David Suzuki's view on Western modern markets in "Food Connections"
In "Food Connections," David Suzuki views the supermarkets as a mass production that delivers food to the consumers creating a disconnection from "Mother Earth" (309). Suzuki has interpreted a detachment and dysfunction among the consumers and the land. He draws a parallel between consumers in the third world countries who are the traditional markets and its close connection to the land, with that of consumers from the supermarkets in the developed which has not only triggered various harmful outcomes to the environment but has shown a withdrawal from the consumers connections to the growers and land. Traditional markets give a sense of the growers and the community portraying a lifelike description of the environment of where the food originates. Suzuki stresses over how buyers in the developed nations have lost their connection with the Earth.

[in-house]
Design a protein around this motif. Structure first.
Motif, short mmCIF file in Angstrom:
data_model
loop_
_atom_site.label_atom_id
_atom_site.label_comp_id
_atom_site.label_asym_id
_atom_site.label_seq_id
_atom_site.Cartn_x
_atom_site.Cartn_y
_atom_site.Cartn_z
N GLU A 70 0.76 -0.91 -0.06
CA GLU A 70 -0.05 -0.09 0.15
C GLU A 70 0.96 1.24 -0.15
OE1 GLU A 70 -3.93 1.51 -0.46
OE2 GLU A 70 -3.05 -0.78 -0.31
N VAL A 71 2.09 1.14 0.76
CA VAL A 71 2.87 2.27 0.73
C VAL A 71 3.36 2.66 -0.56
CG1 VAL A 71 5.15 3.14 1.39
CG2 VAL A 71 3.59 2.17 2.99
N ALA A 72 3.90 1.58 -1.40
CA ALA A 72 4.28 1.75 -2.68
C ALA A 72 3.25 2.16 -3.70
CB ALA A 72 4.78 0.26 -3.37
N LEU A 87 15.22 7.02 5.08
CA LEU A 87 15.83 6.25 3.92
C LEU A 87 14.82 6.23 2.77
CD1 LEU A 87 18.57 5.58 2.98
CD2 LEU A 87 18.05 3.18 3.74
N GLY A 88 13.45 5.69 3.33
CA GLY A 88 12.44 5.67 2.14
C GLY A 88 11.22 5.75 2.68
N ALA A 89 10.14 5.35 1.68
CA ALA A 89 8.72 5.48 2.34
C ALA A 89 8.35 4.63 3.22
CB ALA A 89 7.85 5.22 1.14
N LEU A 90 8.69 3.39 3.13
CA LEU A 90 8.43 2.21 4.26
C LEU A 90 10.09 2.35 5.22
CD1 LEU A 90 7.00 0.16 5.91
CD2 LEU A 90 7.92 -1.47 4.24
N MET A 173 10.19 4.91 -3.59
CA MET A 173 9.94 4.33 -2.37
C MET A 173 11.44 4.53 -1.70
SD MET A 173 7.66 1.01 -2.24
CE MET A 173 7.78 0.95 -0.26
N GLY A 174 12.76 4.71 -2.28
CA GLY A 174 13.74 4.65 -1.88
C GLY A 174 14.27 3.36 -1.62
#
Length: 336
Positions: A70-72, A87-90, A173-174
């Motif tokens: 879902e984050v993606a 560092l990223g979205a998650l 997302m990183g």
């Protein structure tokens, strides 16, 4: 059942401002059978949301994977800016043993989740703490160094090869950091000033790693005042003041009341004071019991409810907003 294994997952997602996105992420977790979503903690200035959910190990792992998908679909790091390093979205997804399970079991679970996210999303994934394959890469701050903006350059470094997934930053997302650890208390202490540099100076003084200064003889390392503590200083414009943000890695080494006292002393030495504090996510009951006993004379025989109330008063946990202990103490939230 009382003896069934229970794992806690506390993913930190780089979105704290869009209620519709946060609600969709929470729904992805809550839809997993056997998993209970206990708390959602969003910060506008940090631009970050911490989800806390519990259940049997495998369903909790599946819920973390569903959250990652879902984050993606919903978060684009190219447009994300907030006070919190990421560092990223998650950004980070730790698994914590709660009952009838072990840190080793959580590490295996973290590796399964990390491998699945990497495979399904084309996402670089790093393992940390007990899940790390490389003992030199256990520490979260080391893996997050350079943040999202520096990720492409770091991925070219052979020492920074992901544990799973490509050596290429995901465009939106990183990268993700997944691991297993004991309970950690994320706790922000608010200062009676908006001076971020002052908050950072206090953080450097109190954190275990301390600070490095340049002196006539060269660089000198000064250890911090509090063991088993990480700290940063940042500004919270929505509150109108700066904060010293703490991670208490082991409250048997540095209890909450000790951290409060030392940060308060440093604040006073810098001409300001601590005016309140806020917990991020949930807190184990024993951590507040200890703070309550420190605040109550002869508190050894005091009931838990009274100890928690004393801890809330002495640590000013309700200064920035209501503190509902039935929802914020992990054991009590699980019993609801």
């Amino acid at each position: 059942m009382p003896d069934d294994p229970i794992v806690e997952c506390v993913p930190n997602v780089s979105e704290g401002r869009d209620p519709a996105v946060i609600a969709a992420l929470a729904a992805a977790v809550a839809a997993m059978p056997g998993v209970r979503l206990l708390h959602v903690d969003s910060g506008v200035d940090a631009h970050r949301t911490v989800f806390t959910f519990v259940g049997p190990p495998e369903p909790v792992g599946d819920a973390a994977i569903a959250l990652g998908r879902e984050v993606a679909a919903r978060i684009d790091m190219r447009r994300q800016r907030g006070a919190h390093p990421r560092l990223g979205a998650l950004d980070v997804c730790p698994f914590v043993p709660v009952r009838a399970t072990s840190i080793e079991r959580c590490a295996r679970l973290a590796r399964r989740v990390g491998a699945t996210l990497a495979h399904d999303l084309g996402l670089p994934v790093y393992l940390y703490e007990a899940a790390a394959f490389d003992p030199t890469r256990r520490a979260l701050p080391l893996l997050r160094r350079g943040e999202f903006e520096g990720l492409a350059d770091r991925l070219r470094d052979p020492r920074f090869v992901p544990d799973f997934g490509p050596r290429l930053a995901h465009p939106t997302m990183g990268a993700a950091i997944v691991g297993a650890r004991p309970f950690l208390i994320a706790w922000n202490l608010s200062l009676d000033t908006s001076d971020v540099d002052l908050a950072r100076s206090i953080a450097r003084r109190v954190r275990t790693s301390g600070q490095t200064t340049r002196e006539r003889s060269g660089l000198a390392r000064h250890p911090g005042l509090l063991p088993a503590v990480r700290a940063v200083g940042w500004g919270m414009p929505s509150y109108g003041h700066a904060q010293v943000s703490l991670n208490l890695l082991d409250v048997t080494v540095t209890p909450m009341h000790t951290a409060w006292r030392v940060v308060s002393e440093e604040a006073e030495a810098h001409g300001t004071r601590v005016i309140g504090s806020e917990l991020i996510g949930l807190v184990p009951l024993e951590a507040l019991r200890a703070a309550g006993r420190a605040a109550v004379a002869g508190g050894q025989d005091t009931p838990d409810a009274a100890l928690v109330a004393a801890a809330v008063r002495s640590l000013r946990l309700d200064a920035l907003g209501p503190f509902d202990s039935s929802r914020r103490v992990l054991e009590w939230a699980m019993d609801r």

Developed countries have turned food into a disintegrated concept in supermarkets.
We have disregarded the unique value that food plays in our lives. In today's generation, food is seen as a commodity and has driven consumers to think that the food being produced is seen as a standard in supermarkets. Being able to purchase anything and everything from one store is great however, it restricts us to see the exclusive value of food. For instance, supermarkets have now equally compared food to technology, clothing, homes goods and beauty supplies by placing it on the same shelf. This results in consumers forgetting the role that nature plays within our lives. Having food all year around is an advantage that people don't seem to have a care for or even realize the importance of food and disregard the thought of where it originates. The industrialized societies have failed to keep the connection with food productions...